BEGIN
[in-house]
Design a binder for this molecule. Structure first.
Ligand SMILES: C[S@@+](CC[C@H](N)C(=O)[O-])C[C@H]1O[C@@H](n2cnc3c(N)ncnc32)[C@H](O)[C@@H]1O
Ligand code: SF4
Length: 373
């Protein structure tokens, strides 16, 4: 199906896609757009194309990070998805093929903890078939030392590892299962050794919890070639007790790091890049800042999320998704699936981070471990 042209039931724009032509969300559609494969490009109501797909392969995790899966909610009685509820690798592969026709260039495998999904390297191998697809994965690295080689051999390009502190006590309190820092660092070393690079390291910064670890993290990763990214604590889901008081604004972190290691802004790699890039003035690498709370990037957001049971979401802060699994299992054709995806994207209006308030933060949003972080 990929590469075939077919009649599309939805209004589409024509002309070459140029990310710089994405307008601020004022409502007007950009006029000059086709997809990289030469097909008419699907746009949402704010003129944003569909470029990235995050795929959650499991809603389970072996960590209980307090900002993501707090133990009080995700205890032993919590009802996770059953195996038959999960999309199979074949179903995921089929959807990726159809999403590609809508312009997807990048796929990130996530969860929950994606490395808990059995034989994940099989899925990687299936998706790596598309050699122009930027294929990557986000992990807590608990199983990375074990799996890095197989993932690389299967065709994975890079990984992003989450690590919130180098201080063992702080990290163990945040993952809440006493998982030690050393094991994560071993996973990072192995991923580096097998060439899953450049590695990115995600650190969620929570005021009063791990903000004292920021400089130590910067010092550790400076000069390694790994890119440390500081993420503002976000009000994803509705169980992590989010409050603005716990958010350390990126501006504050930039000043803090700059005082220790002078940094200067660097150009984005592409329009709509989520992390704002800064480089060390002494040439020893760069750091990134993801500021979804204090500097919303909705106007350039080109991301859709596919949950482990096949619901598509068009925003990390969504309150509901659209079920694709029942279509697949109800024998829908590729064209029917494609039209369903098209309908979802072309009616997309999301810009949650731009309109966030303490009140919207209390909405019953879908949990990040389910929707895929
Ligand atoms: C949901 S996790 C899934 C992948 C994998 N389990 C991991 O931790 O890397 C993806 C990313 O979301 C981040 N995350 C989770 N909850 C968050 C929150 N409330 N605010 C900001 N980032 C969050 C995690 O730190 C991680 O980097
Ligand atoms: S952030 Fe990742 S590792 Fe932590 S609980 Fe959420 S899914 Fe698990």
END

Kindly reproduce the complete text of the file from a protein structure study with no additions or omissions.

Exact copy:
[in-house]
Design a binder for this molecule. Structure first.
Ligand SMILES: C[S@@+](CC[C@H](N)C(=O)[O-])C[C@H]1O[C@@H](n2cnc3c(N)ncnc32)[C@H](O)[C@@H]1O
Ligand code: SF4
Length: 373
């Protein structure tokens, strides 16, 4: 199906896609757009194309990070998805093929903890078939030392590892299962050794919890070639007790790091890049800042999320998704699936981070471990 042209039931724009032509969300559609494969490009109501797909392969995790899966909610009685509820690798592969026709260039495998999904390297191998697809994965690295080689051999390009502190006590309190820092660092070393690079390291910064670890993290990763990214604590889901008081604004972190290691802004790699890039003035690498709370990037957001049971979401802060699994299992054709995806994207209006308030933060949003972080 990929590469075939077919009649599309939805209004589409024509002309070459140029990310710089994405307008601020004022409502007007950009006029000059086709997809990289030469097909008419699907746009949402704010003129944003569909470029990235995050795929959650499991809603389970072996960590209980307090900002993501707090133990009080995700205890032993919590009802996770059953195996038959999960999309199979074949179903995921089929959807990726159809999403590609809508312009997807990048796929990130996530969860929950994606490395808990059995034989994940099989899925990687299936998706790596598309050699122009930027294929990557986000992990807590608990199983990375074990799996890095197989993932690389299967065709994975890079990984992003989450690590919130180098201080063992702080990290163990945040993952809440006493998982030690050393094991994560071993996973990072192995991923580096097998060439899953450049590695990115995600650190969620929570005021009063791990903000004292920021400089130590910067010092550790400076000069390694790994890119440390500081993420503002976000009000994803509705169980992590989010409050603005716990958010350390990126501006504050930039000043803090700059005082220790002078940094200067660097150009984005592409329009709509989520992390704002800064480089060390002494040439020893760069750091990134993801500021979804204090500097919303909705106007350039080109991301859709596919949950482990096949619901598509068009925003990390969504309150509901659209079920694709029942279509697949109800024998829908590729064209029917494609039209369903098209309908979802072309009616997309999301810009949650731009309109966030303490009140919207209390909405019953879908949990990040389910929707895929
Ligand atoms: C949901 S996790 C899934 C992948 C994998 N389990 C991991 O931790 O890397 C993806 C990313 O979301 C981040 N995350 C989770 N909850 C968050 C929150 N409330 N605010 C900001 N980032 C969050 C995690 O730190 C991680 O980097
Ligand atoms: S952030 Fe990742 S590792 Fe932590 S609980 Fe959420 S899914 Fe698990």